Thursday’s post also has a link to Professor John Lewis’ discussion on “Asteroid Exploration and Exploitation”.    By all means, please have a look at the pdf.  While 29 pages might seem large the text is huge and the graphics occupy a lot of space.  Its fact packed and a very fast read – except for the moments of astonishment like:

One small sized near earth asteroid (NEA) is Amun #3554.  Its 2000 meters in diameter containing about 30 times the total amount of metals mined over the course of human history that is worth something like $70 Trillion dollars.

Lewis also has a brief word on the legal regime prospects with a sensible offer not far from the coda used for promoting the internet, “keep your laws off my asteroid!”, a lot like the “keep hands off the internet” that is still holding tenuously for free countries here on earth.

Lastly the hard part – there hasn’t been a large discovery of nitrogen, the about 80% of the air we breath and an crucial part of plant growth for food.  The water is abundant, with oxygen, carbon and the trace elements so nitrogen is going to be a problem.  Yet is can be ‘mined’ on earth, cooled to a liquid and transported up.  It would be grand to find a bunch of it though.  It would be worth the effort to bring some in.

A side point offered in the Lewis’ presentation is from 100 meter sized asteroids (400,000) to one kilometer sized (1,000) about 30% are going to hit the earth over time.  Of course the impacts are spread over multiple millennia, but mining them to nothingness is preferable to worrying or plotting ideas on how to move them.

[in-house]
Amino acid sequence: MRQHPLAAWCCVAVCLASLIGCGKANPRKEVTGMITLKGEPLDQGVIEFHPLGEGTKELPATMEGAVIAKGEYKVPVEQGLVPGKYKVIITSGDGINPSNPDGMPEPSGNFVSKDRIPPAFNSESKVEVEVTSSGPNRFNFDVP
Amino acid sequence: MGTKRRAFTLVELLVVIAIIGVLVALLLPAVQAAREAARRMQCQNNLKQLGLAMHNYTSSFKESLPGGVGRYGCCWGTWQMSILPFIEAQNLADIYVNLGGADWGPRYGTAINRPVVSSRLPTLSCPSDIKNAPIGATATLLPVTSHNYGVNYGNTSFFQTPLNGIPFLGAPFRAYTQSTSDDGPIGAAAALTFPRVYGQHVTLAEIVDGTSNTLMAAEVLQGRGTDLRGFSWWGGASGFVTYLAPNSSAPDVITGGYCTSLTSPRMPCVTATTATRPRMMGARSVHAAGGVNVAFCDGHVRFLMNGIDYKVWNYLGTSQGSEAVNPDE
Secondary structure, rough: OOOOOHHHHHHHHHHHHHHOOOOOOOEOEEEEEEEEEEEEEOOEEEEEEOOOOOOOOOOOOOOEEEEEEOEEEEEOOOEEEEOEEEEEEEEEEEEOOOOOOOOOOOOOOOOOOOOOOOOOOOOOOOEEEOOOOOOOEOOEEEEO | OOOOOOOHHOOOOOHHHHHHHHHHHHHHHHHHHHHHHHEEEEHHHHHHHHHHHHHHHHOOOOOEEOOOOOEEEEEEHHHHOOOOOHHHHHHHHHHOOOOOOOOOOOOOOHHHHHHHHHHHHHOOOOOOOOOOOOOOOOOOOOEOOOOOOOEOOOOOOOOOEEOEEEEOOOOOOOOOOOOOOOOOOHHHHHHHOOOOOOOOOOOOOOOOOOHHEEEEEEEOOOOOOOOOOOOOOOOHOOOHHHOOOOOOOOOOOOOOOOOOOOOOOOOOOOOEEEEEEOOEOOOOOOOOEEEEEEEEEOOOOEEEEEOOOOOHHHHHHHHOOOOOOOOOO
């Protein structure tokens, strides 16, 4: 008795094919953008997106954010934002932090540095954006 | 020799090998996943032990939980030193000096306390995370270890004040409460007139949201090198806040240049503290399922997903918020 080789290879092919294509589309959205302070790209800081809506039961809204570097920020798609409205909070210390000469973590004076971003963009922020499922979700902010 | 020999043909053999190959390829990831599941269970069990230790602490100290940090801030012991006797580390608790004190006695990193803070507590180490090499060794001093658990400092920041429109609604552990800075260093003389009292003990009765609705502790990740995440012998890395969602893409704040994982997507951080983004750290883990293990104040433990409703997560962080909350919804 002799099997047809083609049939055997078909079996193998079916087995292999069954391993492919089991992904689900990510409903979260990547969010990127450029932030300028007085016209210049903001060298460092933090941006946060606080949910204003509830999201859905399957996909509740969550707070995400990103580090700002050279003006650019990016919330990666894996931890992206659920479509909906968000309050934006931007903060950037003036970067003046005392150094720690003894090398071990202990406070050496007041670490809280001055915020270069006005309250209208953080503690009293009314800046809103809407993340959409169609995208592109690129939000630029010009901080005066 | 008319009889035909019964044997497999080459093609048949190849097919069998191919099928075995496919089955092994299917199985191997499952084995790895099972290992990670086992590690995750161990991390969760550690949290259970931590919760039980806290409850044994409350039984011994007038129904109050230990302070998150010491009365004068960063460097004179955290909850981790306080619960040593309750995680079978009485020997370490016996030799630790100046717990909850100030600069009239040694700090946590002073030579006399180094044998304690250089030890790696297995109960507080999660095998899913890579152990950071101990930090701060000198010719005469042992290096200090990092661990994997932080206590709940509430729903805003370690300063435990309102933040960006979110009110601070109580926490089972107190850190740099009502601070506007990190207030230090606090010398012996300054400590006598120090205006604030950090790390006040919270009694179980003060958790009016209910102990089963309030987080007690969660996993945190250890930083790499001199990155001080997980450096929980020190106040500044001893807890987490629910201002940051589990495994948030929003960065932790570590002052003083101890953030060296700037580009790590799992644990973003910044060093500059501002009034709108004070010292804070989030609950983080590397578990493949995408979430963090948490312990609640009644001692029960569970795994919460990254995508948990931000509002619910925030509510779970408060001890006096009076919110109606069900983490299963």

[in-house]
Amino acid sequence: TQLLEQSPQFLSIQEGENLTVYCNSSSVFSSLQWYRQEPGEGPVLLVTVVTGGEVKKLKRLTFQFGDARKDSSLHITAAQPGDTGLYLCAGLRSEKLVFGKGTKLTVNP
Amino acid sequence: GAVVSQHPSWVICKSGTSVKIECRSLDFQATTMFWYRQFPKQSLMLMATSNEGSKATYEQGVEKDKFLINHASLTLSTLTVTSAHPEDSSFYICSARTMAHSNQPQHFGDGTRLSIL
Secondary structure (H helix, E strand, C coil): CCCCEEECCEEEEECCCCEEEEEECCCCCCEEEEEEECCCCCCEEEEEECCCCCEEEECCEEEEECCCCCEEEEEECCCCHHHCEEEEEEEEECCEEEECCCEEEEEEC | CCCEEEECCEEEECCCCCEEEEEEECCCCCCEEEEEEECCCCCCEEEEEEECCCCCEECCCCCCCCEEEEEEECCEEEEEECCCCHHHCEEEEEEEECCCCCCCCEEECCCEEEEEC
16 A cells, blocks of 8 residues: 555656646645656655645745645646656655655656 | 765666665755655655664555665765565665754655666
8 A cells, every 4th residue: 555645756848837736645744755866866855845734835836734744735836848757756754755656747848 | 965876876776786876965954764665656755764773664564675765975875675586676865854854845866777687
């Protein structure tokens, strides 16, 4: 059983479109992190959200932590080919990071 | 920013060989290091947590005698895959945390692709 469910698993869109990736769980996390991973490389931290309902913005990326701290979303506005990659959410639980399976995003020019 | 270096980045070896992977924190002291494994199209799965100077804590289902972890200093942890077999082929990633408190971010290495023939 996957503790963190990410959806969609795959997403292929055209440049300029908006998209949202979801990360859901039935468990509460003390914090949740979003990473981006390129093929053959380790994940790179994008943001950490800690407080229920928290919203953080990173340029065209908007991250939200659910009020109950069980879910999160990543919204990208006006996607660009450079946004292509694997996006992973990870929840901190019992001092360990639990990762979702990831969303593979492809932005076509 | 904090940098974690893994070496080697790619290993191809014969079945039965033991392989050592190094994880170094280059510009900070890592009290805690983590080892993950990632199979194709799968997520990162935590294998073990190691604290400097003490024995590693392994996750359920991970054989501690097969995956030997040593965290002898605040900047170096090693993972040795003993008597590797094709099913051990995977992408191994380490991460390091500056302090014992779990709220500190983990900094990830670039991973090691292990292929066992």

Your humble writer will back Lewis with the thought, “We cannot afford a centrally controlled, duplication free government dominated effort.”  The Xprize and all the private efforts are the leadership for the free world and free men and women for the economy of the future.  Billions of us could live “out there” with little risk as the problems are discovered and solutions found.

Yet there will be loss, of capital, lives and injury.  But we’ve seen one smallish asteroid is worth about 5 years of gross domestic national product.  In five years here on earth the losses are considerable as well.

There’s stuff out there, worth getting, processing and for making life, business, society and culture.  It’s our destiny; let’s get on with it.


Comments

1 Comment so far

  1. Matt Musson on April 20, 2012 7:33 AM

    My prediction is that if we discover any complex life anywhere other than Earth – we will share a common DNA structure.

    DNA is so complex that it is essentially a self replicating computer. The very complicated physical double helix structure contains self reproducing and self repairing routines and is basically a firm ware implementation. Then visualize the protien pairs as the software instructions. No where else in nature is data encoded in a non-random discrete manner.

    Evolutionists have still not come up with a relistic hypothesis for how something as intricate as DNA evolved once. It sure has not happened twice.